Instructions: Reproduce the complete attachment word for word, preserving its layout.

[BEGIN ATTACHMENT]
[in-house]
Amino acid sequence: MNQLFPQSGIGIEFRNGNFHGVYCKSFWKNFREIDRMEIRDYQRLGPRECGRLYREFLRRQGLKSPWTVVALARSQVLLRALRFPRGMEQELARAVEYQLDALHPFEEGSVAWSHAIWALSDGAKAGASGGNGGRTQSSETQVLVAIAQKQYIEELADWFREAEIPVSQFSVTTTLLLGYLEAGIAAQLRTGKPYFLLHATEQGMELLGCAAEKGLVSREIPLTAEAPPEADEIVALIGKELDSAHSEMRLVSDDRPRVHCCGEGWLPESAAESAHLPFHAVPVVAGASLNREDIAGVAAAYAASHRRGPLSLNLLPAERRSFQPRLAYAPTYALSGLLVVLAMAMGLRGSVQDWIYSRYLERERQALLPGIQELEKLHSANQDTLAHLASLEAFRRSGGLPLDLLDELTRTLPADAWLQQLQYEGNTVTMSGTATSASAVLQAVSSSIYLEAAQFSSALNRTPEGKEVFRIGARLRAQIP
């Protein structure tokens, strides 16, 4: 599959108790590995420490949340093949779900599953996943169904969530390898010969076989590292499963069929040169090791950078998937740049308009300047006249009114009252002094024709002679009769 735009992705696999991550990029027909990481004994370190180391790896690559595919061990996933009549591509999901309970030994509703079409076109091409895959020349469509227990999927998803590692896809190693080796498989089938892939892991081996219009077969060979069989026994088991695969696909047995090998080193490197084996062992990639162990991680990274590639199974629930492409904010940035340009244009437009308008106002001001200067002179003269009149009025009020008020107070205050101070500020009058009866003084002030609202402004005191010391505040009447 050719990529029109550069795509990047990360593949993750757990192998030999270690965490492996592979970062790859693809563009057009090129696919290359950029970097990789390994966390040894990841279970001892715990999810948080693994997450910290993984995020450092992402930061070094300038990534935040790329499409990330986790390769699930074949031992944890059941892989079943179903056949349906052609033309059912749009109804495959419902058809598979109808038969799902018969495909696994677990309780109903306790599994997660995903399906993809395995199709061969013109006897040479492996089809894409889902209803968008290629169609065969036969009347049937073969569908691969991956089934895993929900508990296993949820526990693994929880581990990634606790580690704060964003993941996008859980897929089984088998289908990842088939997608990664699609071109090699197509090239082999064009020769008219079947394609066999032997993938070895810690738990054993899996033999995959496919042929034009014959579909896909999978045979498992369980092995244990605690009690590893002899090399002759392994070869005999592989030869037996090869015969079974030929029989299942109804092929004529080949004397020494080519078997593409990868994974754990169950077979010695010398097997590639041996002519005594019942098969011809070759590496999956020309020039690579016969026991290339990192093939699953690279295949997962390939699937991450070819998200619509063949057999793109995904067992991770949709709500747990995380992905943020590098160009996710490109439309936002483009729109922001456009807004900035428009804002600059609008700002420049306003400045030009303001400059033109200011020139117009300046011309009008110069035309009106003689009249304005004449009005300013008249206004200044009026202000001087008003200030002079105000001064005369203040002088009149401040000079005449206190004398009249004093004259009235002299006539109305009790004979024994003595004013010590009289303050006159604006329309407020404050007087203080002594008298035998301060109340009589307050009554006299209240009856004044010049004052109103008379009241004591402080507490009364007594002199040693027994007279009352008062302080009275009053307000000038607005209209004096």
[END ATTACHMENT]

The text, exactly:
[in-house]
Amino acid sequence: MNQLFPQSGIGIEFRNGNFHGVYCKSFWKNFREIDRMEIRDYQRLGPRECGRLYREFLRRQGLKSPWTVVALARSQVLLRALRFPRGMEQELARAVEYQLDALHPFEEGSVAWSHAIWALSDGAKAGASGGNGGRTQSSETQVLVAIAQKQYIEELADWFREAEIPVSQFSVTTTLLLGYLEAGIAAQLRTGKPYFLLHATEQGMELLGCAAEKGLVSREIPLTAEAPPEADEIVALIGKELDSAHSEMRLVSDDRPRVHCCGEGWLPESAAESAHLPFHAVPVVAGASLNREDIAGVAAAYAASHRRGPLSLNLLPAERRSFQPRLAYAPTYALSGLLVVLAMAMGLRGSVQDWIYSRYLERERQALLPGIQELEKLHSANQDTLAHLASLEAFRRSGGLPLDLLDELTRTLPADAWLQQLQYEGNTVTMSGTATSASAVLQAVSSSIYLEAAQFSSALNRTPEGKEVFRIGARLRAQIP
């Protein structure tokens, strides 16, 4: 599959108790590995420490949340093949779900599953996943169904969530390898010969076989590292499963069929040169090791950078998937740049308009300047006249009114009252002094024709002679009769 735009992705696999991550990029027909990481004994370190180391790896690559595919061990996933009549591509999901309970030994509703079409076109091409895959020349469509227990999927998803590692896809190693080796498989089938892939892991081996219009077969060979069989026994088991695969696909047995090998080193490197084996062992990639162990991680990274590639199974629930492409904010940035340009244009437009308008106002001001200067002179003269009149009025009020008020107070205050101070500020009058009866003084002030609202402004005191010391505040009447 050719990529029109550069795509990047990360593949993750757990192998030999270690965490492996592979970062790859693809563009057009090129696919290359950029970097990789390994966390040894990841279970001892715990999810948080693994997450910290993984995020450092992402930061070094300038990534935040790329499409990330986790390769699930074949031992944890059941892989079943179903056949349906052609033309059912749009109804495959419902058809598979109808038969799902018969495909696994677990309780109903306790599994997660995903399906993809395995199709061969013109006897040479492996089809894409889902209803968008290629169609065969036969009347049937073969569908691969991956089934895993929900508990296993949820526990693994929880581990990634606790580690704060964003993941996008859980897929089984088998289908990842088939997608990664699609071109090699197509090239082999064009020769008219079947394609066999032997993938070895810690738990054993899996033999995959496919042929034009014959579909896909999978045979498992369980092995244990605690009690590893002899090399002759392994070869005999592989030869037996090869015969079974030929029989299942109804092929004529080949004397020494080519078997593409990868994974754990169950077979010695010398097997590639041996002519005594019942098969011809070759590496999956020309020039690579016969026991290339990192093939699953690279295949997962390939699937991450070819998200619509063949057999793109995904067992991770949709709500747990995380992905943020590098160009996710490109439309936002483009729109922001456009807004900035428009804002600059609008700002420049306003400045030009303001400059033109200011020139117009300046011309009008110069035309009106003689009249304005004449009005300013008249206004200044009026202000001087008003200030002079105000001064005369203040002088009149401040000079005449206190004398009249004093004259009235002299006539109305009790004979024994003595004013010590009289303050006159604006329309407020404050007087203080002594008298035998301060109340009589307050009554006299209240009856004044010049004052109103008379009241004591402080507490009364007594002199040693027994007279009352008062302080009275009053307000000038607005209209004096």